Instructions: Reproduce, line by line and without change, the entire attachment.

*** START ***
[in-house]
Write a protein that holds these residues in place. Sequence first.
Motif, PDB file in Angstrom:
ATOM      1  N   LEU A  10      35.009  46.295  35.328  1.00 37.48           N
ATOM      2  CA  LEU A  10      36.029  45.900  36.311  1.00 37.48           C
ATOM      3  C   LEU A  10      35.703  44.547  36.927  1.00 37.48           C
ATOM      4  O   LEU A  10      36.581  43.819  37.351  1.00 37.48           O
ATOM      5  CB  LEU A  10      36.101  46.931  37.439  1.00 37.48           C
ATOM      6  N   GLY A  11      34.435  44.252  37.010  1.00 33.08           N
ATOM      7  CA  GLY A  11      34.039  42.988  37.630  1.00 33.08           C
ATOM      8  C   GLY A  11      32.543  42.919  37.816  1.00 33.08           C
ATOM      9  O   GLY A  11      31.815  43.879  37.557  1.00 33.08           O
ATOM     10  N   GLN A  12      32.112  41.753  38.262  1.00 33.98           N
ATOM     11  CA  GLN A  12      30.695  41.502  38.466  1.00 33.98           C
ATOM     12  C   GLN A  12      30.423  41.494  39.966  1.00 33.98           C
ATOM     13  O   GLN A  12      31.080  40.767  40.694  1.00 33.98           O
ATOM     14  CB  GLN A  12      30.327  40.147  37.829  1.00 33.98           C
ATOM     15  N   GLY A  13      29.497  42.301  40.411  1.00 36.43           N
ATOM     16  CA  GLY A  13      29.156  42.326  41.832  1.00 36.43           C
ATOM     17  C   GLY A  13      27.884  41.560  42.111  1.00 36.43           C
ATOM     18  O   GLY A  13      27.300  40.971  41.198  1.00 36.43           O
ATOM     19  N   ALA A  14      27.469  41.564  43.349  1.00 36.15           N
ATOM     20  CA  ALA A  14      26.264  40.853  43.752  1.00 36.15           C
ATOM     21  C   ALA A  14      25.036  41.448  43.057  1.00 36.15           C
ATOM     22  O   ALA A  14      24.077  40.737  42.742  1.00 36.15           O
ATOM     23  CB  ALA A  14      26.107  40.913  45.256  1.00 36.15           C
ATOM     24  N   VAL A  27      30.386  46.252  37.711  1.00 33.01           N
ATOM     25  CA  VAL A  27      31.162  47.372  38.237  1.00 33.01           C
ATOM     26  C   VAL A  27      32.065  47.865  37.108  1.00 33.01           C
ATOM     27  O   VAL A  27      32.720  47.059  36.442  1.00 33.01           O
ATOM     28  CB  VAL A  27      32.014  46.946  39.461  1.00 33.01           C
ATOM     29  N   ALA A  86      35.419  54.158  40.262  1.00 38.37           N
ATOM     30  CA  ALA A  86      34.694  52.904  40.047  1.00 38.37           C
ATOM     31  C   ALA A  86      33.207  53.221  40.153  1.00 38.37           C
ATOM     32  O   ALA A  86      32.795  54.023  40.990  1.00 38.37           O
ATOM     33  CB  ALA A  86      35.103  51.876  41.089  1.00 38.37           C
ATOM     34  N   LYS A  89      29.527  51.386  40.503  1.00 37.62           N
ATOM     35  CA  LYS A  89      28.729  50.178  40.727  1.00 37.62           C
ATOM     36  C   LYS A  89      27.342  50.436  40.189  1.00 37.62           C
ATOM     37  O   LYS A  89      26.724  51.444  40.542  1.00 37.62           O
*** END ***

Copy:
[in-house]
Write a protein that holds these residues in place. Sequence first.
Motif, PDB file in Angstrom:
ATOM      1  N   LEU A  10      35.009  46.295  35.328  1.00 37.48           N
ATOM      2  CA  LEU A  10      36.029  45.900  36.311  1.00 37.48           C
ATOM      3  C   LEU A  10      35.703  44.547  36.927  1.00 37.48           C
ATOM      4  O   LEU A  10      36.581  43.819  37.351  1.00 37.48           O
ATOM      5  CB  LEU A  10      36.101  46.931  37.439  1.00 37.48           C
ATOM      6  N   GLY A  11      34.435  44.252  37.010  1.00 33.08           N
ATOM      7  CA  GLY A  11      34.039  42.988  37.630  1.00 33.08           C
ATOM      8  C   GLY A  11      32.543  42.919  37.816  1.00 33.08           C
ATOM      9  O   GLY A  11      31.815  43.879  37.557  1.00 33.08           O
ATOM     10  N   GLN A  12      32.112  41.753  38.262  1.00 33.98           N
ATOM     11  CA  GLN A  12      30.695  41.502  38.466  1.00 33.98           C
ATOM     12  C   GLN A  12      30.423  41.494  39.966  1.00 33.98           C
ATOM     13  O   GLN A  12      31.080  40.767  40.694  1.00 33.98           O
ATOM     14  CB  GLN A  12      30.327  40.147  37.829  1.00 33.98           C
ATOM     15  N   GLY A  13      29.497  42.301  40.411  1.00 36.43           N
ATOM     16  CA  GLY A  13      29.156  42.326  41.832  1.00 36.43           C
ATOM     17  C   GLY A  13      27.884  41.560  42.111  1.00 36.43           C
ATOM     18  O   GLY A  13      27.300  40.971  41.198  1.00 36.43           O
ATOM     19  N   ALA A  14      27.469  41.564  43.349  1.00 36.15           N
ATOM     20  CA  ALA A  14      26.264  40.853  43.752  1.00 36.15           C
ATOM     21  C   ALA A  14      25.036  41.448  43.057  1.00 36.15           C
ATOM     22  O   ALA A  14      24.077  40.737  42.742  1.00 36.15           O
ATOM     23  CB  ALA A  14      26.107  40.913  45.256  1.00 36.15           C
ATOM     24  N   VAL A  27      30.386  46.252  37.711  1.00 33.01           N
ATOM     25  CA  VAL A  27      31.162  47.372  38.237  1.00 33.01           C
ATOM     26  C   VAL A  27      32.065  47.865  37.108  1.00 33.01           C
ATOM     27  O   VAL A  27      32.720  47.059  36.442  1.00 33.01           O
ATOM     28  CB  VAL A  27      32.014  46.946  39.461  1.00 33.01           C
ATOM     29  N   ALA A  86      35.419  54.158  40.262  1.00 38.37           N
ATOM     30  CA  ALA A  86      34.694  52.904  40.047  1.00 38.37           C
ATOM     31  C   ALA A  86      33.207  53.221  40.153  1.00 38.37           C
ATOM     32  O   ALA A  86      32.795  54.023  40.990  1.00 38.37           O
ATOM     33  CB  ALA A  86      35.103  51.876  41.089  1.00 38.37           C
ATOM     34  N   LYS A  89      29.527  51.386  40.503  1.00 37.62           N
ATOM     35  CA  LYS A  89      28.729  50.178  40.727  1.00 37.62           C
ATOM     36  C   LYS A  89      27.342  50.436  40.189  1.00 37.62           C
ATOM     37  O   LYS A  89      26.724  51.444  40.542  1.00 37.62           O